Many Chinese tourists – and potential investors – were deterred from visiting the country due to the perception of high crime, according to Beijing's new ambassador to South Africa. China will now help South Africa fight crime to boost tourism and investment from the world’s second-largest economy, said Beijing’s new ambassador to South Africa Lin Songtian on Thursday. By PETER FABRICIUS.
Beijing’s new ambassador to South Africa Lin Songtian announced security assistance as one of ten major areas of increased cooperation between the two countries, in Pretoria on Thursday.
Lin, who has just completed three years as head of the Africa department in the Ministry of Foreign Affairs, was speaking on his first official day as ambassador. He handed his credentials to President Jacob Zuma later in the day.
“Peace and security is the fundamental precondition for national development and investment cooperation,” he said. “We stand ready to support South Africa to enhance the capacity of law enforcement authorities, build smart cities and develop a safe South Africa.”
Lin said only 110,000 Chinese tourists visited,South Africa last year, a tiny fraction of the 122 million Chinese tourists who visited the world, spending up to US$109,8 billion abroad.
The potential for increased tourism from China was vast but many tourists – and potential investors – were deterred by the perception of high crime. Lin partly blamed the media for creating this perception but also acknowledged, implicitly, that there was an objective problem of crime when he offered China’s support to local law enforcement authorities.
“If you can’t convince people it’s safe here, tourists and investors won’t come,” he said, contrasting South Africa with China where he said, “even young beautiful girls feel free to go around the streets at any time.”
He also announced that on his watch, the embassy would crack down hard on any Chinese nationals involved in the smuggling of rhino horn, ivory and any other wildlife trafficking from this country and others in Africa.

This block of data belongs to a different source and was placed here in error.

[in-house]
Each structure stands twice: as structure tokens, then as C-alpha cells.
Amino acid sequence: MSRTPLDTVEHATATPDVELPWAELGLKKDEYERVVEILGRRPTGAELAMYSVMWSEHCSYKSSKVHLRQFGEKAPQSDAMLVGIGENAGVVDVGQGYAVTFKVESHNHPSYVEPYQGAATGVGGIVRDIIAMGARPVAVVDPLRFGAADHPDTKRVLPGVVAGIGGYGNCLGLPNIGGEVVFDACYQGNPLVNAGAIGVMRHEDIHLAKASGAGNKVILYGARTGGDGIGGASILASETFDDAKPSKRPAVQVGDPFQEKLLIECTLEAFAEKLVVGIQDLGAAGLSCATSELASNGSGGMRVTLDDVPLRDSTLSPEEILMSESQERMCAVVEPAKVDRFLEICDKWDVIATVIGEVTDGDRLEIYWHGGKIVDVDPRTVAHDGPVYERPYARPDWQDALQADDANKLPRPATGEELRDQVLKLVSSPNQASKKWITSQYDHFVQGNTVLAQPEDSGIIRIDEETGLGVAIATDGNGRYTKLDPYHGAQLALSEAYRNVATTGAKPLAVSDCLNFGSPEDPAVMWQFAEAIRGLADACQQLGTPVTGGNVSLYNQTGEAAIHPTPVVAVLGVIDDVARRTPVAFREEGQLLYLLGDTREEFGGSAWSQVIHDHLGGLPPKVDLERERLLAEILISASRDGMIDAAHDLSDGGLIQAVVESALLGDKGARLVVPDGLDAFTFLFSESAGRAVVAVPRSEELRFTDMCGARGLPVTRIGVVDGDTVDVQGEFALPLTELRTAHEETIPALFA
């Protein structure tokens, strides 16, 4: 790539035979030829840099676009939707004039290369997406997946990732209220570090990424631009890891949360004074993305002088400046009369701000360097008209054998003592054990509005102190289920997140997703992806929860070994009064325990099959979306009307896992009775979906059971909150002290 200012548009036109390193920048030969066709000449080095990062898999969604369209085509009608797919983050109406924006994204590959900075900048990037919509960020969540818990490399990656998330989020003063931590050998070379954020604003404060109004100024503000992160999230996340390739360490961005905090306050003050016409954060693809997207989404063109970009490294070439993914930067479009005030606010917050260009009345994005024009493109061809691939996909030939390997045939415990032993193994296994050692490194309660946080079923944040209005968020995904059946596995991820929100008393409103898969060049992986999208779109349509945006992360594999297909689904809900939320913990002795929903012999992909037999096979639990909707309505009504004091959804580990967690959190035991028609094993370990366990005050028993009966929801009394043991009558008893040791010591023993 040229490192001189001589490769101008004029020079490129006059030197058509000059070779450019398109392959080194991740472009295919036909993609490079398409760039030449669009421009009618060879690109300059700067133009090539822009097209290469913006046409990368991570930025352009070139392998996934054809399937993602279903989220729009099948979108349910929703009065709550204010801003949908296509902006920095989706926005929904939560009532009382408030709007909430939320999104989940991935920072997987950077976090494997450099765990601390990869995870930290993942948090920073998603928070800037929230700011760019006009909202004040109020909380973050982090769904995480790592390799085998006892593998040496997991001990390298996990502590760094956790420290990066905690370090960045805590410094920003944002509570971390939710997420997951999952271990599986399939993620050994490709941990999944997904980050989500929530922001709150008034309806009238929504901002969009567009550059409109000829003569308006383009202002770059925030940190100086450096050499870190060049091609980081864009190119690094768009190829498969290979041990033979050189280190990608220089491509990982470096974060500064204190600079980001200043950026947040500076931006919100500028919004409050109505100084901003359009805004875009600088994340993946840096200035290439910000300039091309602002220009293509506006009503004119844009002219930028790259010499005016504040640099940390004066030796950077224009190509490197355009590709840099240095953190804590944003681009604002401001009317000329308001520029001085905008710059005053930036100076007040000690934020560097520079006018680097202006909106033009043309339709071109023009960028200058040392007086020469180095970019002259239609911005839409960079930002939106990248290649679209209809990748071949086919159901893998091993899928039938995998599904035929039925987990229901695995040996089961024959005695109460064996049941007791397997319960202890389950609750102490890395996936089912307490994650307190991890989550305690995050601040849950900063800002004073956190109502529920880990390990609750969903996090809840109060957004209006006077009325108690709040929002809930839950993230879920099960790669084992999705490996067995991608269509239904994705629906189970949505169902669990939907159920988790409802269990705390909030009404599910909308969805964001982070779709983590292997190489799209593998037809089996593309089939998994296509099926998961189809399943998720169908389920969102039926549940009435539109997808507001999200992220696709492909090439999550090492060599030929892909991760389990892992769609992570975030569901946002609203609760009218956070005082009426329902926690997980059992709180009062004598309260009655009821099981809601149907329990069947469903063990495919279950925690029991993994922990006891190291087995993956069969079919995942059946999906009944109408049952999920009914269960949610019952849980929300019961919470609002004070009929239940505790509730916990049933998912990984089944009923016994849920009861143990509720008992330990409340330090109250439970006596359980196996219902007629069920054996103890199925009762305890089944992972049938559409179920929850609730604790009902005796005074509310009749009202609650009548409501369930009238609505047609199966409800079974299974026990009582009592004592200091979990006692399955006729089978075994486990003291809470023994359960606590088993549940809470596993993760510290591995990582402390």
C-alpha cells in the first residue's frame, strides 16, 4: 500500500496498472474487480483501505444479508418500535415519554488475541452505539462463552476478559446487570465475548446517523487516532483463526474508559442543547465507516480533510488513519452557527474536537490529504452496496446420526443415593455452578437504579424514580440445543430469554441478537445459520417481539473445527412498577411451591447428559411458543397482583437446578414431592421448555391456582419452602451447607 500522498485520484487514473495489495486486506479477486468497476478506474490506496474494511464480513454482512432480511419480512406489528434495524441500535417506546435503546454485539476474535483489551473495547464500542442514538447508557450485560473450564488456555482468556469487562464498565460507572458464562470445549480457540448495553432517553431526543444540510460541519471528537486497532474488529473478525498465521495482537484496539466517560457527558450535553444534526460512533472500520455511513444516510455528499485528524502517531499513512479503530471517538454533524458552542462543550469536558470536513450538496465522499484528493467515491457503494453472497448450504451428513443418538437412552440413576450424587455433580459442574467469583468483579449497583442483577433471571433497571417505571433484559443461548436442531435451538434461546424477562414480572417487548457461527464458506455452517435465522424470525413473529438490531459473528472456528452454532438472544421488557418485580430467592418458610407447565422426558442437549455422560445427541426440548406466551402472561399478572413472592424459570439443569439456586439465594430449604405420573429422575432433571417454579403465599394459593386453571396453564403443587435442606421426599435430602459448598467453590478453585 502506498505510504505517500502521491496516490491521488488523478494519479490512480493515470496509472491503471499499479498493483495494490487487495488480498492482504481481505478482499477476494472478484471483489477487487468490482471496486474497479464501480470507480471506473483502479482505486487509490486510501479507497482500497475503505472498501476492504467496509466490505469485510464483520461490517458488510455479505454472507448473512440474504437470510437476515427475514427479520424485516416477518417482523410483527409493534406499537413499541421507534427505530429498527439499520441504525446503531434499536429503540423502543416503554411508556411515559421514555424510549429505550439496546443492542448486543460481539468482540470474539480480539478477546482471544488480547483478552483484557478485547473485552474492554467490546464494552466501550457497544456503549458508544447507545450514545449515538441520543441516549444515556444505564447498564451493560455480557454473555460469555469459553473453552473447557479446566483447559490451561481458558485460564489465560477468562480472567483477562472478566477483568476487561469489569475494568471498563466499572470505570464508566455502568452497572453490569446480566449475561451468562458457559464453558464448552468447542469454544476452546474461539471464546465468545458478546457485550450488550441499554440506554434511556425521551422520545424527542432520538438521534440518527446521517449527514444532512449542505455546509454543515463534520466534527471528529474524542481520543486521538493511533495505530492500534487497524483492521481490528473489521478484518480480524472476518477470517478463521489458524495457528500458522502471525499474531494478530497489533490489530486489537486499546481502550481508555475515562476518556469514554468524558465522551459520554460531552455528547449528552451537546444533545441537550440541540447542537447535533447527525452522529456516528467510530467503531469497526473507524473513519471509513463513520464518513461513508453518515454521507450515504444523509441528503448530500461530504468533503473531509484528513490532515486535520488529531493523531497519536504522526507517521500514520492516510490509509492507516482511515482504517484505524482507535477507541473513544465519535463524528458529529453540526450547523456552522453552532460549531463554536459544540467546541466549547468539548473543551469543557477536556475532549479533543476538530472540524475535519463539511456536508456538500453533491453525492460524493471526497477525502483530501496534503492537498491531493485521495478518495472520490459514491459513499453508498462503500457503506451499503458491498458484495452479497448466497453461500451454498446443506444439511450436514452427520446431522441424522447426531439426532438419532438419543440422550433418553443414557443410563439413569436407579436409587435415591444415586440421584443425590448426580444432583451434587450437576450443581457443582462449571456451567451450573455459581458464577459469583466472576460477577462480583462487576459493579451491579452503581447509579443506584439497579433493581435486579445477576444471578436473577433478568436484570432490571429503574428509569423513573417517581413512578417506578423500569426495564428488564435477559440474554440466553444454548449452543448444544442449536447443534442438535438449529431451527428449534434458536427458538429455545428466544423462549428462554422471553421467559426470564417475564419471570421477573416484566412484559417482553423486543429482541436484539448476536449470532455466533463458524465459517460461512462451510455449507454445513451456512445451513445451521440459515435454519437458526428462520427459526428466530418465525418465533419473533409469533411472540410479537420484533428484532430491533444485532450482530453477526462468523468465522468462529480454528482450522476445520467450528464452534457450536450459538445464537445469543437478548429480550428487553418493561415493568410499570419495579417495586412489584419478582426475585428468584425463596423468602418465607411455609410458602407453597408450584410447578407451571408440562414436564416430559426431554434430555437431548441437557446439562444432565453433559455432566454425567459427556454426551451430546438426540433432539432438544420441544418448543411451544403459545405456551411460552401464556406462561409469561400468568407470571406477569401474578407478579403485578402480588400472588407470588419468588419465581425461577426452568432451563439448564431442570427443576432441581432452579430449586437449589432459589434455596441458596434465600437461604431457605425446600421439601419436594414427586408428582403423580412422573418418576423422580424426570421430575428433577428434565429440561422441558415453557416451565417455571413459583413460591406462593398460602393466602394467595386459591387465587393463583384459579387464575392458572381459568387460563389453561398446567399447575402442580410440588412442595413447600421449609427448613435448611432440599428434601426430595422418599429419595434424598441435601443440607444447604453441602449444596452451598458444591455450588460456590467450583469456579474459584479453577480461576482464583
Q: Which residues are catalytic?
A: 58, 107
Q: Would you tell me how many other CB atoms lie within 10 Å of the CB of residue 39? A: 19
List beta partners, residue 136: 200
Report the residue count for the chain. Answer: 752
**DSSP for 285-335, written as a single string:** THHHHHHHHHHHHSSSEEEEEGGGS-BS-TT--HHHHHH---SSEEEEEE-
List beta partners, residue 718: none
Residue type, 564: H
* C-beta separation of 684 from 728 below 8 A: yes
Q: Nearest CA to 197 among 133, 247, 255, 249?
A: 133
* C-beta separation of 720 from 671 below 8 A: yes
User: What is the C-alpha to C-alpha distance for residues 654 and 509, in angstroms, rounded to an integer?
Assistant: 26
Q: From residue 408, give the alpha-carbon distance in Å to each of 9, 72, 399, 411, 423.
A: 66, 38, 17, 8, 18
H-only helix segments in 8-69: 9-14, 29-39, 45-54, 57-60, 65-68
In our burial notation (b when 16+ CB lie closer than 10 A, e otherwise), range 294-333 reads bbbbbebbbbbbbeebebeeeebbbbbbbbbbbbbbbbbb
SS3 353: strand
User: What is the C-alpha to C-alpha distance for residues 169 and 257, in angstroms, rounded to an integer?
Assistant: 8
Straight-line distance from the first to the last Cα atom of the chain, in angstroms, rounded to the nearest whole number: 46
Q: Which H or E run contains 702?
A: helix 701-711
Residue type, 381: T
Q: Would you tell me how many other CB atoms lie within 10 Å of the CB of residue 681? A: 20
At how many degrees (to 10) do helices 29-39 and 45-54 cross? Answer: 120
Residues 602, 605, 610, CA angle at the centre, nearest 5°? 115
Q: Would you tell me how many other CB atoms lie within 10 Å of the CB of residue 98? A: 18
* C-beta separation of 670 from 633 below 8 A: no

He said he was aware some people from his country came here to engage in illegal hunting and trafficking of protected animals. Lin said he was calling on them to stay within the law. The embassy would show “no tolerance” if they did not. “We will bring you to the law,” he warned.
Lin added that China would impose a comprehensive ban on ivory processing and trading for commercial purposes by the end of this year.
“At present China, the US, UK, France and Interpol are consulting and planning to launch a joint law-enforcement operation to fight against illegal hunting of endangered wildlife and illegal trading of wild animal products in South Africa, Kenya, Namibia and Ethiopia.”
Lin listed ten priority areas of increased cooperation between South Africa and China, including agricultural modernisation, saying his government would encourage more Chinese investors to conduct large scale-cultivation, animal husbandry, grain storage and processing in South Africa.
“And we will provide a huge market for South Africa’s agricultural exports,” he promised, noting that by the end of this month, South Africa would become the first African country to export beef to China.
Restrictions on South African food exports into China have been a major problem in the past.
Lin said China would also help South Africa boost infrastructure, human skills and capacities, industrial production- including building more industrial parks and special economic zones – develop its ocean economy, tourism and financing, including through currency swap arrangements. DM
Photo: China’s then Vice President Xi Jinping meets South Africa’s President Jacob Zuma (L) at the Great Hall of the People in Beijing, August 25, 2010. REUTERS/Adrian Bradshaw/Pool